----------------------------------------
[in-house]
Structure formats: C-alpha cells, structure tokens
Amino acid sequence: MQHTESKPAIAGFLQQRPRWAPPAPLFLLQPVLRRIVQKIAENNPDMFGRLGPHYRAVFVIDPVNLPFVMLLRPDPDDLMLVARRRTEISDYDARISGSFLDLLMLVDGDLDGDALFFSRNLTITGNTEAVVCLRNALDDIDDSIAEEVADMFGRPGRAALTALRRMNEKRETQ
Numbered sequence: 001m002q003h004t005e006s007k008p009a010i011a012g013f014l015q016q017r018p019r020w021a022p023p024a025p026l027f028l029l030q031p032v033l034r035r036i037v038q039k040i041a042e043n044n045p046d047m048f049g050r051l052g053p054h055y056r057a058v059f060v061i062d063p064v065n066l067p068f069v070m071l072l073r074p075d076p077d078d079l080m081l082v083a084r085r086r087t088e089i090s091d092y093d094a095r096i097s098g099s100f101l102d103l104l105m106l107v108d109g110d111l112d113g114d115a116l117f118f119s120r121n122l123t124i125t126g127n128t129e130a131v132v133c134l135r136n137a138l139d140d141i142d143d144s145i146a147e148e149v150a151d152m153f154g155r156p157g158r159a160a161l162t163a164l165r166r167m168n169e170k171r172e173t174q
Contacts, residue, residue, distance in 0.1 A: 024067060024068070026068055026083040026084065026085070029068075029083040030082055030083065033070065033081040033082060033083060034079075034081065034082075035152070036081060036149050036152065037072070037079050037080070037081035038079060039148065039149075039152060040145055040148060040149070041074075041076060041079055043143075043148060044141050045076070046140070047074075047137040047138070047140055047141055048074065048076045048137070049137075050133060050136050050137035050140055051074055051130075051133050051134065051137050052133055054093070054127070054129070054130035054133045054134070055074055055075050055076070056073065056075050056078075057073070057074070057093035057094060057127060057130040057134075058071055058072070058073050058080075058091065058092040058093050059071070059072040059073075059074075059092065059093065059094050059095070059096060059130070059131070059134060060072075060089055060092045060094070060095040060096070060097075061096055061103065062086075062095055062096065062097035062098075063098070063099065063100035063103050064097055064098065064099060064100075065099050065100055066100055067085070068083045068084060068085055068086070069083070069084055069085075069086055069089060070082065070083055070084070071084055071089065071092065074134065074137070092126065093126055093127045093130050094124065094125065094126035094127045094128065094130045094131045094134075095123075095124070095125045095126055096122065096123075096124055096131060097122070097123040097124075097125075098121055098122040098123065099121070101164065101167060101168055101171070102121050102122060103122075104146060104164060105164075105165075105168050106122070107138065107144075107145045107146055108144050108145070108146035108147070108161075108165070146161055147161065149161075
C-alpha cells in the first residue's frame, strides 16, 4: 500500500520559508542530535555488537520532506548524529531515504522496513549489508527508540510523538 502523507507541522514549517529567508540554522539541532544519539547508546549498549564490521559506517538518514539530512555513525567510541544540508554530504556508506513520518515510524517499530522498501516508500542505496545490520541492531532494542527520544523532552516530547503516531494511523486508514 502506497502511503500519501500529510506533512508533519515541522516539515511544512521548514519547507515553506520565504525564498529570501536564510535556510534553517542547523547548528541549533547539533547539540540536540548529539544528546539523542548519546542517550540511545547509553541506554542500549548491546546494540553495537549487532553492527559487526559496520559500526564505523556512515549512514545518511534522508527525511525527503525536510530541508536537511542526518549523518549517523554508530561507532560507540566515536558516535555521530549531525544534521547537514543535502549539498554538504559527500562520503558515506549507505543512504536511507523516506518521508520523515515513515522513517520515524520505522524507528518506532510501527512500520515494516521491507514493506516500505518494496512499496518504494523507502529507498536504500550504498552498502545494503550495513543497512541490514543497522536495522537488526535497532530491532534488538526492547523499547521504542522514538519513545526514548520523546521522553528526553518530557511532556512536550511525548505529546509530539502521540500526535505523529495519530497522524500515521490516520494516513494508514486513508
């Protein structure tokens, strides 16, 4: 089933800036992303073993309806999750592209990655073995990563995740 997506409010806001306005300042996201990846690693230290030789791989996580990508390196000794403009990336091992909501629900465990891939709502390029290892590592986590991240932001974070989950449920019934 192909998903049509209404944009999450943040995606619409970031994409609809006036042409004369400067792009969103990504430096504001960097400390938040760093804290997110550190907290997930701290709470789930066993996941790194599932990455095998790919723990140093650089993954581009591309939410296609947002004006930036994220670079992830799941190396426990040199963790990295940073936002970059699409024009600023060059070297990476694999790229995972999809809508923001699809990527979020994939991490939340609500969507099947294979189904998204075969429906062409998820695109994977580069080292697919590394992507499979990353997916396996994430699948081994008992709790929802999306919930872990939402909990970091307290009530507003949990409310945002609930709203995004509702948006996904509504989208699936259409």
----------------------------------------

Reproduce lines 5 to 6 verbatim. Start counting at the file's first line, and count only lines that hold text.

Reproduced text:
Contacts, residue, residue, distance in 0.1 A: 024067060024068070026068055026083040026084065026085070029068075029083040030082055030083065033070065033081040033082060033083060034079075034081065034082075035152070036081060036149050036152065037072070037079050037080070037081035038079060039148065039149075039152060040145055040148060040149070041074075041076060041079055043143075043148060044141050045076070046140070047074075047137040047138070047140055047141055048074065048076045048137070049137075050133060050136050050137035050140055051074055051130075051133050051134065051137050052133055054093070054127070054129070054130035054133045054134070055074055055075050055076070056073065056075050056078075057073070057074070057093035057094060057127060057130040057134075058071055058072070058073050058080075058091065058092040058093050059071070059072040059073075059074075059092065059093065059094050059095070059096060059130070059131070059134060060072075060089055060092045060094070060095040060096070060097075061096055061103065062086075062095055062096065062097035062098075063098070063099065063100035063103050064097055064098065064099060064100075065099050065100055066100055067085070068083045068084060068085055068086070069083070069084055069085075069086055069089060070082065070083055070084070071084055071089065071092065074134065074137070092126065093126055093127045093130050094124065094125065094126035094127045094128065094130045094131045094134075095123075095124070095125045095126055096122065096123075096124055096131060097122070097123040097124075097125075098121055098122040098123065099121070101164065101167060101168055101171070102121050102122060103122075104146060104164060105164075105165075105168050106122070107138065107144075107145045107146055108144050108145070108146035108147070108161075108165070146161055147161065149161075
C-alpha cells in the first residue's frame, strides 16, 4: 500500500520559508542530535555488537520532506548524529531515504522496513549489508527508540510523538 502523507507541522514549517529567508540554522539541532544519539547508546549498549564490521559506517538518514539530512555513525567510541544540508554530504556508506513520518515510524517499530522498501516508500542505496545490520541492531532494542527520544523532552516530547503516531494511523486508514 502506497502511503500519501500529510506533512508533519515541522516539515511544512521548514519547507515553506520565504525564498529570501536564510535556510534553517542547523547548528541549533547539533547539540540536540548529539544528546539523542548519546542517550540511545547509553541506554542500549548491546546494540553495537549487532553492527559487526559496520559500526564505523556512515549512514545518511534522508527525511525527503525536510530541508536537511542526518549523518549517523554508530561507532560507540566515536558516535555521530549531525544534521547537514543535502549539498554538504559527500562520503558515506549507505543512504536511507523516506518521508520523515515513515522513517520515524520505522524507528518506532510501527512500520515494516521491507514493506516500505518494496512499496518504494523507502529507498536504500550504498552498502545494503550495513543497512541490514543497522536495522537488526535497532530491532534488538526492547523499547521504542522514538519513545526514548520523546521522553528526553518530557511532556512536550511525548505529546509530539502521540500526535505523529495519530497522524500515521490516520494516513494508514486513508